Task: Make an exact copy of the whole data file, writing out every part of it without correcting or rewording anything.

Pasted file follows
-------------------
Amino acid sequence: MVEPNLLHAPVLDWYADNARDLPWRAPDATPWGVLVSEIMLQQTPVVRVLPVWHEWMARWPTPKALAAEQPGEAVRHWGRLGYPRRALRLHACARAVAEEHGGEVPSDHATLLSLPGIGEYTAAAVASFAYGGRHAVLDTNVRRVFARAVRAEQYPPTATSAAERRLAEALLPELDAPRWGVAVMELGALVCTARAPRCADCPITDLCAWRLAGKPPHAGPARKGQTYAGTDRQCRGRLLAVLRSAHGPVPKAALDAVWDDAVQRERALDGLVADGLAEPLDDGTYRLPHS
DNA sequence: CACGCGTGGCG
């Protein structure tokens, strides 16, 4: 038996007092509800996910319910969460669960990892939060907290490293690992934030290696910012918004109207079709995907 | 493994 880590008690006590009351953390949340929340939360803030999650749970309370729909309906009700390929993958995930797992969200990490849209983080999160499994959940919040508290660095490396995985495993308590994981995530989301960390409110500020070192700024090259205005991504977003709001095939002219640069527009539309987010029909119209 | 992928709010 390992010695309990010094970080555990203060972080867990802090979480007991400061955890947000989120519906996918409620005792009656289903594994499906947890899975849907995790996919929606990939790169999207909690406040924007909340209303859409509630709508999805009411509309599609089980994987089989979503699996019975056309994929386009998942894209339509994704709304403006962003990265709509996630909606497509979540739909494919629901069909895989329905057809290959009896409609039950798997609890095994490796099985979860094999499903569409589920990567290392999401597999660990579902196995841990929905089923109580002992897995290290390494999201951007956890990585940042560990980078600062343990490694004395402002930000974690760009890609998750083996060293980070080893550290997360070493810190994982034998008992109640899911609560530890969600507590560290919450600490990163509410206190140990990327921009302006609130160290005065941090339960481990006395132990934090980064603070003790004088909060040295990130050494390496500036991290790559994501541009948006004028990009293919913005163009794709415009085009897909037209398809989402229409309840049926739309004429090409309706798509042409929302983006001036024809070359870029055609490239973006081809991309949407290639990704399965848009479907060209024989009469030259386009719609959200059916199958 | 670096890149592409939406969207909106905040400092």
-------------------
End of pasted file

Amino acid sequence: MVEPNLLHAPVLDWYADNARDLPWRAPDATPWGVLVSEIMLQQTPVVRVLPVWHEWMARWPTPKALAAEQPGEAVRHWGRLGYPRRALRLHACARAVAEEHGGEVPSDHATLLSLPGIGEYTAAAVASFAYGGRHAVLDTNVRRVFARAVRAEQYPPTATSAAERRLAEALLPELDAPRWGVAVMELGALVCTARAPRCADCPITDLCAWRLAGKPPHAGPARKGQTYAGTDRQCRGRLLAVLRSAHGPVPKAALDAVWDDAVQRERALDGLVADGLAEPLDDGTYRLPHS
DNA sequence: CACGCGTGGCG
């Protein structure tokens, strides 16, 4: 038996007092509800996910319910969460669960990892939060907290490293690992934030290696910012918004109207079709995907 | 493994 880590008690006590009351953390949340929340939360803030999650749970309370729909309906009700390929993958995930797992969200990490849209983080999160499994959940919040508290660095490396995985495993308590994981995530989301960390409110500020070192700024090259205005991504977003709001095939002219640069527009539309987010029909119209 | 992928709010 390992010695309990010094970080555990203060972080867990802090979480007991400061955890947000989120519906996918409620005792009656289903594994499906947890899975849907995790996919929606990939790169999207909690406040924007909340209303859409509630709508999805009411509309599609089980994987089989979503699996019975056309994929386009998942894209339509994704709304403006962003990265709509996630909606497509979540739909494919629901069909895989329905057809290959009896409609039950798997609890095994490796099985979860094999499903569409589920990567290392999401597999660990579902196995841990929905089923109580002992897995290290390494999201951007956890990585940042560990980078600062343990490694004395402002930000974690760009890609998750083996060293980070080893550290997360070493810190994982034998008992109640899911609560530890969600507590560290919450600490990163509410206190140990990327921009302006609130160290005065941090339960481990006395132990934090980064603070003790004088909060040295990130050494390496500036991290790559994501541009948006004028990009293919913005163009794709415009085009897909037209398809989402229409309840049926739309004429090409309706798509042409929302983006001036024809070359870029055609490239973006081809991309949407290639990704399965848009479907060209024989009469030259386009719609959200059916199958 | 670096890149592409939406969207909106905040400092």